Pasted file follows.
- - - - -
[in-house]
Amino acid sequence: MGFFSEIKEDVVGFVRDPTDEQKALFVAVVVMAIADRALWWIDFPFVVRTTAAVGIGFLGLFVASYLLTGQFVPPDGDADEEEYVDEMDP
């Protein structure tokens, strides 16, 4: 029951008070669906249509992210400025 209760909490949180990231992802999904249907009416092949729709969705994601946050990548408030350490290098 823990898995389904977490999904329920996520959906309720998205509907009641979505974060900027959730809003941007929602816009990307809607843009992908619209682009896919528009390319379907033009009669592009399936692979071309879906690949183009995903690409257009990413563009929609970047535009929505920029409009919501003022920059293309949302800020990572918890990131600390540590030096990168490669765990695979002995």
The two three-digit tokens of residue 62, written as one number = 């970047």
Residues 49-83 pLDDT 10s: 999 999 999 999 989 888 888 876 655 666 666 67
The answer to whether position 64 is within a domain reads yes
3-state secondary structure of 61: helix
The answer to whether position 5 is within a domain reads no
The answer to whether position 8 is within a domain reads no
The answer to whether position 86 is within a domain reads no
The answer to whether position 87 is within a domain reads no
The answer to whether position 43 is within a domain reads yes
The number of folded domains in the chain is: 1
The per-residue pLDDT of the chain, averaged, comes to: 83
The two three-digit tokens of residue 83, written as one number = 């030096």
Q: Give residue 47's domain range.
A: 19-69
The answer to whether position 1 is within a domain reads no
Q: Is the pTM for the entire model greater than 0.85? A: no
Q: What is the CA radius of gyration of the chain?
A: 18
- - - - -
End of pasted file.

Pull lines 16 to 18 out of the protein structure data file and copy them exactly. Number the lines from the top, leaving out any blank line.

Q: Give residue 47's domain range.
A: 19-69
The answer to whether position 1 is within a domain reads no